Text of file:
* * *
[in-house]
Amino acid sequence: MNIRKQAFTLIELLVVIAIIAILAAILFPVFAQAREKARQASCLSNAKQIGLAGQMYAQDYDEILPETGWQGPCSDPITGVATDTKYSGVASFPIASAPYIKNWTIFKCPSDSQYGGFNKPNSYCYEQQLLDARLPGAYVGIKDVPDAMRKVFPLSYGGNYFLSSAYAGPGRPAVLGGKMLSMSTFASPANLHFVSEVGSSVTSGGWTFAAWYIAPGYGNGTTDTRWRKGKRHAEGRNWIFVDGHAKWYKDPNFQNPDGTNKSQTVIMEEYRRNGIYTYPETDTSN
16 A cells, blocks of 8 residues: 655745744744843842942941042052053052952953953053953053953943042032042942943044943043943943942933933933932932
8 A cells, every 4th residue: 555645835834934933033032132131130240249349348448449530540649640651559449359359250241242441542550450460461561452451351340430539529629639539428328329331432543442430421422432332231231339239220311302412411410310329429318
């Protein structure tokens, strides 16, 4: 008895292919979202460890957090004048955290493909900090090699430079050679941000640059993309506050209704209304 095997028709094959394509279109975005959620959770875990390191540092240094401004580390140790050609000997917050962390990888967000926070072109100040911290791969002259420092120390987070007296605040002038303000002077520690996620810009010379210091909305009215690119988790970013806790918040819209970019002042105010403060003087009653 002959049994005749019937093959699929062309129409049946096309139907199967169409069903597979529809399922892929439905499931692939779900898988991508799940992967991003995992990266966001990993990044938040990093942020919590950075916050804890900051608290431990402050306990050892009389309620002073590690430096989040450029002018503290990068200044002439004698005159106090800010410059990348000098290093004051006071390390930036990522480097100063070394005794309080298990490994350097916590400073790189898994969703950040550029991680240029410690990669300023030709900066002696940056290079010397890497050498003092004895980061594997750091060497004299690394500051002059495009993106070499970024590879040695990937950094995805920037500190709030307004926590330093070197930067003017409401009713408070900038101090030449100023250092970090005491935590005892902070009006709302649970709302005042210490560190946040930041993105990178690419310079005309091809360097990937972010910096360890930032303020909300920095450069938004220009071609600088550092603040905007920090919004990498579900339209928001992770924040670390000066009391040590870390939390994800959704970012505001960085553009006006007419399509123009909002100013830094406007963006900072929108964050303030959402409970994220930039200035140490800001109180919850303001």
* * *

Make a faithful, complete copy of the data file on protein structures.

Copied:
[in-house]
Amino acid sequence: MNIRKQAFTLIELLVVIAIIAILAAILFPVFAQAREKARQASCLSNAKQIGLAGQMYAQDYDEILPETGWQGPCSDPITGVATDTKYSGVASFPIASAPYIKNWTIFKCPSDSQYGGFNKPNSYCYEQQLLDARLPGAYVGIKDVPDAMRKVFPLSYGGNYFLSSAYAGPGRPAVLGGKMLSMSTFASPANLHFVSEVGSSVTSGGWTFAAWYIAPGYGNGTTDTRWRKGKRHAEGRNWIFVDGHAKWYKDPNFQNPDGTNKSQTVIMEEYRRNGIYTYPETDTSN
16 A cells, blocks of 8 residues: 655745744744843842942941042052053052952953953053953053953943042032042942943044943043943943942933933933932932
8 A cells, every 4th residue: 555645835834934933033032132131130240249349348448449530540649640651559449359359250241242441542550450460461561452451351340430539529629639539428328329331432543442430421422432332231231339239220311302412411410310329429318
């Protein structure tokens, strides 16, 4: 008895292919979202460890957090004048955290493909900090090699430079050679941000640059993309506050209704209304 095997028709094959394509279109975005959620959770875990390191540092240094401004580390140790050609000997917050962390990888967000926070072109100040911290791969002259420092120390987070007296605040002038303000002077520690996620810009010379210091909305009215690119988790970013806790918040819209970019002042105010403060003087009653 002959049994005749019937093959699929062309129409049946096309139907199967169409069903597979529809399922892929439905499931692939779900898988991508799940992967991003995992990266966001990993990044938040990093942020919590950075916050804890900051608290431990402050306990050892009389309620002073590690430096989040450029002018503290990068200044002439004698005159106090800010410059990348000098290093004051006071390390930036990522480097100063070394005794309080298990490994350097916590400073790189898994969703950040550029991680240029410690990669300023030709900066002696940056290079010397890497050498003092004895980061594997750091060497004299690394500051002059495009993106070499970024590879040695990937950094995805920037500190709030307004926590330093070197930067003017409401009713408070900038101090030449100023250092970090005491935590005892902070009006709302649970709302005042210490560190946040930041993105990178690419310079005309091809360097990937972010910096360890930032303020909300920095450069938004220009071609600088550092603040905007920090919004990498579900339209928001992770924040670390000066009391040590870390939390994800959704970012505001960085553009006006007419399509123009909002100013830094406007963006900072929108964050303030959402409970994220930039200035140490800001109180919850303001």